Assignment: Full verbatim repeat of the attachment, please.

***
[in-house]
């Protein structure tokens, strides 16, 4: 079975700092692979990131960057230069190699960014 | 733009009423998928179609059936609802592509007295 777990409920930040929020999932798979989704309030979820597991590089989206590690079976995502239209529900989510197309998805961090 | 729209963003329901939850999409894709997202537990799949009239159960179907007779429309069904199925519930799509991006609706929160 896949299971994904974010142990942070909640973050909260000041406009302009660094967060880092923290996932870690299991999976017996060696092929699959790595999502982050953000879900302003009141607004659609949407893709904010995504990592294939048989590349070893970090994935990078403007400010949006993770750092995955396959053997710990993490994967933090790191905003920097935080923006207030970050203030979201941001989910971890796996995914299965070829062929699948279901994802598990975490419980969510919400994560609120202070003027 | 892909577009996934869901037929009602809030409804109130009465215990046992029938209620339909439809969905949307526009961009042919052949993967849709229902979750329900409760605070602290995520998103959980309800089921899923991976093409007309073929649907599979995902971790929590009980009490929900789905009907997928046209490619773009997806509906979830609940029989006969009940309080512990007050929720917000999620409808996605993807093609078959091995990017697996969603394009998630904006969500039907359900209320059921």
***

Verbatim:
[in-house]
């Protein structure tokens, strides 16, 4: 079975700092692979990131960057230069190699960014 | 733009009423998928179609059936609802592509007295 777990409920930040929020999932798979989704309030979820597991590089989206590690079976995502239209529900989510197309998805961090 | 729209963003329901939850999409894709997202537990799949009239159960179907007779429309069904199925519930799509991006609706929160 896949299971994904974010142990942070909640973050909260000041406009302009660094967060880092923290996932870690299991999976017996060696092929699959790595999502982050953000879900302003009141607004659609949407893709904010995504990592294939048989590349070893970090994935990078403007400010949006993770750092995955396959053997710990993490994967933090790191905003920097935080923006207030970050203030979201941001989910971890796996995914299965070829062929699948279901994802598990975490419980969510919400994560609120202070003027 | 892909577009996934869901037929009602809030409804109130009465215990046992029938209620339909439809969905949307526009961009042919052949993967849709229902979750329900409760605070602290995520998103959980309800089921899923991976093409007309073929649907599979995902971790929590009980009490929900789905009907997928046209490619773009997806509906979830609940029989006969009940309080512990007050929720917000999620409808996605993807093609078959091995990017697996969603394009998630904006969500039907359900209320059921």